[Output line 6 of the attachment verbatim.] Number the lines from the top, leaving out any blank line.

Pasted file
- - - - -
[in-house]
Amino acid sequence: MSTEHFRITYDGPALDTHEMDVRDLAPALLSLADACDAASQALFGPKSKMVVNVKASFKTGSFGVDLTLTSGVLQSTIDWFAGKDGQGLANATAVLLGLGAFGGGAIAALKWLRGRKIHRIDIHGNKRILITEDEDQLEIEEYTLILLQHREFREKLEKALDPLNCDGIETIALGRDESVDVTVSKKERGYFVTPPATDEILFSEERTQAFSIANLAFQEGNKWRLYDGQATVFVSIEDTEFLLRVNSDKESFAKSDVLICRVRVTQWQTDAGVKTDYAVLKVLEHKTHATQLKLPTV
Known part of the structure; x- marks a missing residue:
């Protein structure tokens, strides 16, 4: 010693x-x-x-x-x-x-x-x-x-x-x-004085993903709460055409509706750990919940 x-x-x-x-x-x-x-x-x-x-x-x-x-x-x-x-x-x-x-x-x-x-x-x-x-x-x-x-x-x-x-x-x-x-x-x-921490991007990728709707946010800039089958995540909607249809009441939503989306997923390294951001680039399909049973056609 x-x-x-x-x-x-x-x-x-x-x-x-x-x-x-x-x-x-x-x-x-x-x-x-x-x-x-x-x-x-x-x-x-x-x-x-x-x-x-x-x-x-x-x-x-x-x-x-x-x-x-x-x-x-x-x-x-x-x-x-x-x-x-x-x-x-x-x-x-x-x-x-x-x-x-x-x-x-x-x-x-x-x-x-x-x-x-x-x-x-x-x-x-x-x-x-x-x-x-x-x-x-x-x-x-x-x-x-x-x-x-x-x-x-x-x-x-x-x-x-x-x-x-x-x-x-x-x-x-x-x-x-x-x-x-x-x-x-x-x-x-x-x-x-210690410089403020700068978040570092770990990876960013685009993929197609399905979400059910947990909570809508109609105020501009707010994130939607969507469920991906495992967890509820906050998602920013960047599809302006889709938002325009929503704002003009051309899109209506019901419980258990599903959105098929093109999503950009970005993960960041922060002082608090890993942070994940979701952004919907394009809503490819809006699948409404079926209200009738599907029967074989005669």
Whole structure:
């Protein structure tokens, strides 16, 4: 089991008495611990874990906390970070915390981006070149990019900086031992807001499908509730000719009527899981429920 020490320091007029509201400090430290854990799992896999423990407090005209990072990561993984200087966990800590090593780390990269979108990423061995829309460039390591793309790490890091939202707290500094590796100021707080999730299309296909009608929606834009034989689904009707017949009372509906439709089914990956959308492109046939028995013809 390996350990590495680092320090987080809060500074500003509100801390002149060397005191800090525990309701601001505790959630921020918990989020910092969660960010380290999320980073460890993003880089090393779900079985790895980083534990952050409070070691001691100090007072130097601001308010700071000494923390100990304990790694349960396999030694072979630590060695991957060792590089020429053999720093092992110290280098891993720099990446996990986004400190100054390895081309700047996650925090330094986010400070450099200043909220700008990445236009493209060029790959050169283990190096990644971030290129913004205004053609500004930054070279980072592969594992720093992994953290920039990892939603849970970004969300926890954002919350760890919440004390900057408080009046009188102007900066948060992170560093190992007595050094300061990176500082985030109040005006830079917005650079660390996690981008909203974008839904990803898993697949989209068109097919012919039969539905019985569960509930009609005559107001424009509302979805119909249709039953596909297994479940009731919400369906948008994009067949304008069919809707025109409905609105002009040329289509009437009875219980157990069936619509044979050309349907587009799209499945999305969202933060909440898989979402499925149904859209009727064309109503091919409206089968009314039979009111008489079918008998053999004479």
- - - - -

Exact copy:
């Protein structure tokens, strides 16, 4: 089991008495611990874990906390970070915390981006070149990019900086031992807001499908509730000719009527899981429920 020490320091007029509201400090430290854990799992896999423990407090005209990072990561993984200087966990800590090593780390990269979108990423061995829309460039390591793309790490890091939202707290500094590796100021707080999730299309296909009608929606834009034989689904009707017949009372509906439709089914990956959308492109046939028995013809 390996350990590495680092320090987080809060500074500003509100801390002149060397005191800090525990309701601001505790959630921020918990989020910092969660960010380290999320980073460890993003880089090393779900079985790895980083534990952050409070070691001691100090007072130097601001308010700071000494923390100990304990790694349960396999030694072979630590060695991957060792590089020429053999720093092992110290280098891993720099990446996990986004400190100054390895081309700047996650925090330094986010400070450099200043909220700008990445236009493209060029790959050169283990190096990644971030290129913004205004053609500004930054070279980072592969594992720093992994953290920039990892939603849970970004969300926890954002919350760890919440004390900057408080009046009188102007900066948060992170560093190992007595050094300061990176500082985030109040005006830079917005650079660390996690981008909203974008839904990803898993697949989209068109097919012919039969539905019985569960509930009609005559107001424009509302979805119909249709039953596909297994479940009731919400369906948008994009067949304008069919809707025109409905609105002009040329289509009437009875219980157990069936619509044979050309349907587009799209499945999305969202933060909440898989979402499925149904859209009727064309109503091919409206089968009314039979009111008489079918008998053999004479």